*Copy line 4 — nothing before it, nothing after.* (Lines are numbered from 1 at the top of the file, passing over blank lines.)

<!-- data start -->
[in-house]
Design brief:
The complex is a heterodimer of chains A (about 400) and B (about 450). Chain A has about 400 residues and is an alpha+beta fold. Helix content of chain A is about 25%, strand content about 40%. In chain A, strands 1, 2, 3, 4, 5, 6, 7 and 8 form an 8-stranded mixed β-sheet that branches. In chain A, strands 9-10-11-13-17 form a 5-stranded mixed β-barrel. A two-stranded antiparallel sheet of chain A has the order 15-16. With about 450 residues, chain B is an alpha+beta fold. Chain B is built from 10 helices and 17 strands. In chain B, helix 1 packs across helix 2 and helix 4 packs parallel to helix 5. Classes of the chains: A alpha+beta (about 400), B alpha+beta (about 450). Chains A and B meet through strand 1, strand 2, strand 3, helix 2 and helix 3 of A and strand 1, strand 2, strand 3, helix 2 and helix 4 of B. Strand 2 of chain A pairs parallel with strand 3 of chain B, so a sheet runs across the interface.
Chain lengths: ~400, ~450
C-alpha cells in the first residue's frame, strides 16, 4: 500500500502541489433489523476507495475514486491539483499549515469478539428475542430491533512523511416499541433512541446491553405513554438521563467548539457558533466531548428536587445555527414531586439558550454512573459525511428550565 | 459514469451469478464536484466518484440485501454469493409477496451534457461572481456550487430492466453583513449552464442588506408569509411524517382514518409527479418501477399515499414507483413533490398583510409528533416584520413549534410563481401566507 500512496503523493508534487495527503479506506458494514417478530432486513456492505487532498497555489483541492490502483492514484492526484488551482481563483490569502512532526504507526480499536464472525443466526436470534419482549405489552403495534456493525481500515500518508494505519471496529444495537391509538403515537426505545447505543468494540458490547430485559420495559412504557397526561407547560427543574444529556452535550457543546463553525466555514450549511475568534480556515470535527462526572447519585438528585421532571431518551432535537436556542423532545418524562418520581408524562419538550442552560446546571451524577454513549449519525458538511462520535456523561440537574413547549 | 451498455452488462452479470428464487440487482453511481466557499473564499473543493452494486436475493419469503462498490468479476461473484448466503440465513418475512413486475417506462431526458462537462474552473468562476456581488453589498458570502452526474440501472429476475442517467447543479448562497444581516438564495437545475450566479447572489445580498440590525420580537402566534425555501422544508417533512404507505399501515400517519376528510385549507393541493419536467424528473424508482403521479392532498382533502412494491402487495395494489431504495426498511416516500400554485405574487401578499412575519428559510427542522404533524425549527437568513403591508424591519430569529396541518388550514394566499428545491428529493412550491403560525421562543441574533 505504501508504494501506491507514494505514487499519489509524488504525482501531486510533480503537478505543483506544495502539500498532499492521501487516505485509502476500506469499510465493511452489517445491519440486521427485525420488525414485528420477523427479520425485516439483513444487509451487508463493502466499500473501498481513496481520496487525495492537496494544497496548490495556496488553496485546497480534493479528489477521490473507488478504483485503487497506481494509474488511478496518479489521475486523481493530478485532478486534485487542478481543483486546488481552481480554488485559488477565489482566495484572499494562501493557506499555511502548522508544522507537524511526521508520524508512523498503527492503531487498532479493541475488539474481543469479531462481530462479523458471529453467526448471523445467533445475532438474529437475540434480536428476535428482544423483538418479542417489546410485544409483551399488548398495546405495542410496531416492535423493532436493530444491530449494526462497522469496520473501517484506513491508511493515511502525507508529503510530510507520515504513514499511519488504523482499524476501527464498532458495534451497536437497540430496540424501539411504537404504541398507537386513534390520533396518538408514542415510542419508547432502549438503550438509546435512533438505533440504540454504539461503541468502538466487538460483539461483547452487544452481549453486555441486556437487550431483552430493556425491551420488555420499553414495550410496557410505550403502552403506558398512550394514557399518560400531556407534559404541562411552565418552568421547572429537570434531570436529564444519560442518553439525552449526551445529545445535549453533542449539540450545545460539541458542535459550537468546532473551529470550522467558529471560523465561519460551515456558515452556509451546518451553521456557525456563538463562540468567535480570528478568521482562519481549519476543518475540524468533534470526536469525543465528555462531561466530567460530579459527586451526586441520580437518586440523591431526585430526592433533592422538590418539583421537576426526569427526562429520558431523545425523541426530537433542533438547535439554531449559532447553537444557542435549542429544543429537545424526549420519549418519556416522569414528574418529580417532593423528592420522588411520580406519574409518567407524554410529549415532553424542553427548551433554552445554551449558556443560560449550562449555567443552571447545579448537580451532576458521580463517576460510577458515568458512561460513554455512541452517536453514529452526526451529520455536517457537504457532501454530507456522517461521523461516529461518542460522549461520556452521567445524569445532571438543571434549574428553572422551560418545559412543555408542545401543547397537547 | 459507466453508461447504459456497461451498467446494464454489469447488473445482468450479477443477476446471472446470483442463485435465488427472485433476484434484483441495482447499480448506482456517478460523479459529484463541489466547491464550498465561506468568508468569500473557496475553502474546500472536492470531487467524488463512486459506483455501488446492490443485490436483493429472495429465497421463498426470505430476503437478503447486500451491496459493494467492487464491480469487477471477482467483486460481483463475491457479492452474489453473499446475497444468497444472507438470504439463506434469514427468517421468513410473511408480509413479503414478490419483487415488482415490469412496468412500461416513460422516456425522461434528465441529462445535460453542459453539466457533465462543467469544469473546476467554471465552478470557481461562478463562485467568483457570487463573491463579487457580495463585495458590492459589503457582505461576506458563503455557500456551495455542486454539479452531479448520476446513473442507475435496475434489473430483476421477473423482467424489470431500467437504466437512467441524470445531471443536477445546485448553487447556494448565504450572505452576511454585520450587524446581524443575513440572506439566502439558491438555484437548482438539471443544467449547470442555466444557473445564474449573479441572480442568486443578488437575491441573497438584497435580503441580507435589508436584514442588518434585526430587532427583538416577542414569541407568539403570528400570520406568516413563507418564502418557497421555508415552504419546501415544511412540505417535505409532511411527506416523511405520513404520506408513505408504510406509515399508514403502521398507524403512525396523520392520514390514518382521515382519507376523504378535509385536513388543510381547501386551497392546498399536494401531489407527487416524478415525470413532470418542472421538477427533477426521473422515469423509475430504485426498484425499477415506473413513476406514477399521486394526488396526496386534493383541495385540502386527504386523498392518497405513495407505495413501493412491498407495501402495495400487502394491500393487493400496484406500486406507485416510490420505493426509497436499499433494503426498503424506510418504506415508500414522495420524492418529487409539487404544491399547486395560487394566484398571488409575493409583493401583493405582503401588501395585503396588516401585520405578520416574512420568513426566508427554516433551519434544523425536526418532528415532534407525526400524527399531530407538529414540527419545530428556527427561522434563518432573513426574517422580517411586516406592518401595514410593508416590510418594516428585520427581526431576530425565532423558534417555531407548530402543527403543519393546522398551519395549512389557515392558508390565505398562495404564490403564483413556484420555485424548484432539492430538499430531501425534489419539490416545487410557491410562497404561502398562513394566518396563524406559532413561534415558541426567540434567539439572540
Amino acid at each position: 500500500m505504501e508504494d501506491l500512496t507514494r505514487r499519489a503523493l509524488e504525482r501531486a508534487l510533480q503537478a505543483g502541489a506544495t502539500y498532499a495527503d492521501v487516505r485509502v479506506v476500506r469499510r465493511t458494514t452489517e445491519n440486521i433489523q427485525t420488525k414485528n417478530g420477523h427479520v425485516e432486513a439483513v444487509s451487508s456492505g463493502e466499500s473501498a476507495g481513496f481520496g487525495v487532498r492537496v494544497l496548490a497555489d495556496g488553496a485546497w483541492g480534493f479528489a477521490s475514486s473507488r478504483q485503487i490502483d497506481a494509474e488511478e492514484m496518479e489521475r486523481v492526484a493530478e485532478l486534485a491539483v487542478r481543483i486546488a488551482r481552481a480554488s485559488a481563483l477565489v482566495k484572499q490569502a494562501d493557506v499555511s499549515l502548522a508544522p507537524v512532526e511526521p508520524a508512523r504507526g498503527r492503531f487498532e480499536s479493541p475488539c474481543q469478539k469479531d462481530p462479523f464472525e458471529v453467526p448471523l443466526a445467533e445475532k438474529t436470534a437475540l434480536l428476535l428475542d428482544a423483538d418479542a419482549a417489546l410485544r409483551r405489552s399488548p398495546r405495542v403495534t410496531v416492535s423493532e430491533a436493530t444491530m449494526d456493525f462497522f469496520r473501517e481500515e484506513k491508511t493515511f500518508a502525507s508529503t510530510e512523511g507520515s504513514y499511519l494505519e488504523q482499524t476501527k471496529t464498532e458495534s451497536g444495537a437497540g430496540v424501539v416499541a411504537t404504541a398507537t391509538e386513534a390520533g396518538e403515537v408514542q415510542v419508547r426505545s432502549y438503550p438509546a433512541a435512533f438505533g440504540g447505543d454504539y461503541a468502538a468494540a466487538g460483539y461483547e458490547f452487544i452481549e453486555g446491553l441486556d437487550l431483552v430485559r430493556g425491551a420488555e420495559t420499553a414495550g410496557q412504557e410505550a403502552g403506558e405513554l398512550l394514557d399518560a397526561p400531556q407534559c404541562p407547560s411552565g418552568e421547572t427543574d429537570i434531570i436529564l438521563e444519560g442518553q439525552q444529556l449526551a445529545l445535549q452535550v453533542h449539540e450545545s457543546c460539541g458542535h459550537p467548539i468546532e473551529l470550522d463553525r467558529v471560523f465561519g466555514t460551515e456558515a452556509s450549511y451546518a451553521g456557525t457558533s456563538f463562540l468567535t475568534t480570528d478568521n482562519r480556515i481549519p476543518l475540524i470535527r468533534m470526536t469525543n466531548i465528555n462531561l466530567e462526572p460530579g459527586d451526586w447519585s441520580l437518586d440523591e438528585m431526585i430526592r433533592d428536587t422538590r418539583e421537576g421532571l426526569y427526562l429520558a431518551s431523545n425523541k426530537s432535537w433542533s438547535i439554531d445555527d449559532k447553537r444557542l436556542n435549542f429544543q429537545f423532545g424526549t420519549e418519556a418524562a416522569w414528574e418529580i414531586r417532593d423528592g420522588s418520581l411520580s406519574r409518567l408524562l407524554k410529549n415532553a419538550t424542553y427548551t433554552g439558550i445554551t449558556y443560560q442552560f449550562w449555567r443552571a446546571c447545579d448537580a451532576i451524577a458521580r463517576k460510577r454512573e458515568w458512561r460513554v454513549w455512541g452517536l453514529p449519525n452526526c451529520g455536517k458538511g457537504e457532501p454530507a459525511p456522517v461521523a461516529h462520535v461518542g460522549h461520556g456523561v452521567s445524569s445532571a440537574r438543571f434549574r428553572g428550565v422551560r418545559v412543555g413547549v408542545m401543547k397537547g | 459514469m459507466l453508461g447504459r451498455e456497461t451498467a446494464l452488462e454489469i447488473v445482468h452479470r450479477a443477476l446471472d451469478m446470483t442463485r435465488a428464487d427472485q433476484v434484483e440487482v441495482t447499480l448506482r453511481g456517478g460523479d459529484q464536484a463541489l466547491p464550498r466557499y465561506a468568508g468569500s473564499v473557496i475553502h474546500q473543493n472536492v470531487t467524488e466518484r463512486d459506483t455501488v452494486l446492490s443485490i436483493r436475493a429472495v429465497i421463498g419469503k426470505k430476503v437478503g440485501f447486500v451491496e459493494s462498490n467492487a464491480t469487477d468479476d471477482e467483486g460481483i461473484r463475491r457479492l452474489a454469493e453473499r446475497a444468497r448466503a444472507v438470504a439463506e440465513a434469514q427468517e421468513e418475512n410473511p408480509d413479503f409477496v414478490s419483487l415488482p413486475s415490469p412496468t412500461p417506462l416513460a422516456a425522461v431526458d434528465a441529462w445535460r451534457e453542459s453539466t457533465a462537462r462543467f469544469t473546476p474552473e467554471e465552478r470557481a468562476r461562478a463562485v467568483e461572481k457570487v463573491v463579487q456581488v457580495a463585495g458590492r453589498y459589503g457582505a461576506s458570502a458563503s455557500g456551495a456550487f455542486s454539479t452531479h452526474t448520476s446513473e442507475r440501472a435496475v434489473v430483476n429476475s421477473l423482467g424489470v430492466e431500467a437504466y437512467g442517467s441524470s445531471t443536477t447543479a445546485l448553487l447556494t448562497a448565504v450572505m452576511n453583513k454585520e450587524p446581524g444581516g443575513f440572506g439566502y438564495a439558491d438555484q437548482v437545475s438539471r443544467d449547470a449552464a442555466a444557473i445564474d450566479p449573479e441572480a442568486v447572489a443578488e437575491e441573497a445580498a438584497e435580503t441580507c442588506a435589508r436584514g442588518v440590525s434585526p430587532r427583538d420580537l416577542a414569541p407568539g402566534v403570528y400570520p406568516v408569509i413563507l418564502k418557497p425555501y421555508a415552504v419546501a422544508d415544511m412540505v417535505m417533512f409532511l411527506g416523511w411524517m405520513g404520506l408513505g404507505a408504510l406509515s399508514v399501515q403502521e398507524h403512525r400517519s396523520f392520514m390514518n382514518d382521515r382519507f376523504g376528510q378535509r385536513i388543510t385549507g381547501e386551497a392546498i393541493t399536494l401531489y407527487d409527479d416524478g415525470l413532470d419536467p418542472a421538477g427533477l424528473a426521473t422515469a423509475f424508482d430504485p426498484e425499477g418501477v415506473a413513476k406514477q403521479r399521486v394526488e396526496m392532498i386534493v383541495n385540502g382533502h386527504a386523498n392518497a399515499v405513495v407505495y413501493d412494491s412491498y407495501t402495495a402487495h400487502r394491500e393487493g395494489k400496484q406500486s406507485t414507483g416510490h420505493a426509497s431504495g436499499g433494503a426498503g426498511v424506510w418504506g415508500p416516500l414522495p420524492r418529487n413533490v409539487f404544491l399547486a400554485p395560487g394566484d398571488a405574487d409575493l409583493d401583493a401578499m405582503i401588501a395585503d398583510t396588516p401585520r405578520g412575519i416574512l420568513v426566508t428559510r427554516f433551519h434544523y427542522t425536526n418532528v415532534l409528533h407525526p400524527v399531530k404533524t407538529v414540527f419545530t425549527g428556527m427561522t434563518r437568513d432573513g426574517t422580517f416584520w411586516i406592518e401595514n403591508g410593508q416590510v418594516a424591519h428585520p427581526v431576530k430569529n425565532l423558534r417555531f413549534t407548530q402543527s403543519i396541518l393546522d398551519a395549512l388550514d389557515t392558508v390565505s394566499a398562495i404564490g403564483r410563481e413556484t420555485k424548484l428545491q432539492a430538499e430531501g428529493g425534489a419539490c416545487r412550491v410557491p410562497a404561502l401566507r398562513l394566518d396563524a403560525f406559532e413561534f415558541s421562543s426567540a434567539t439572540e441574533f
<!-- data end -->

Chain lengths: ~400, ~450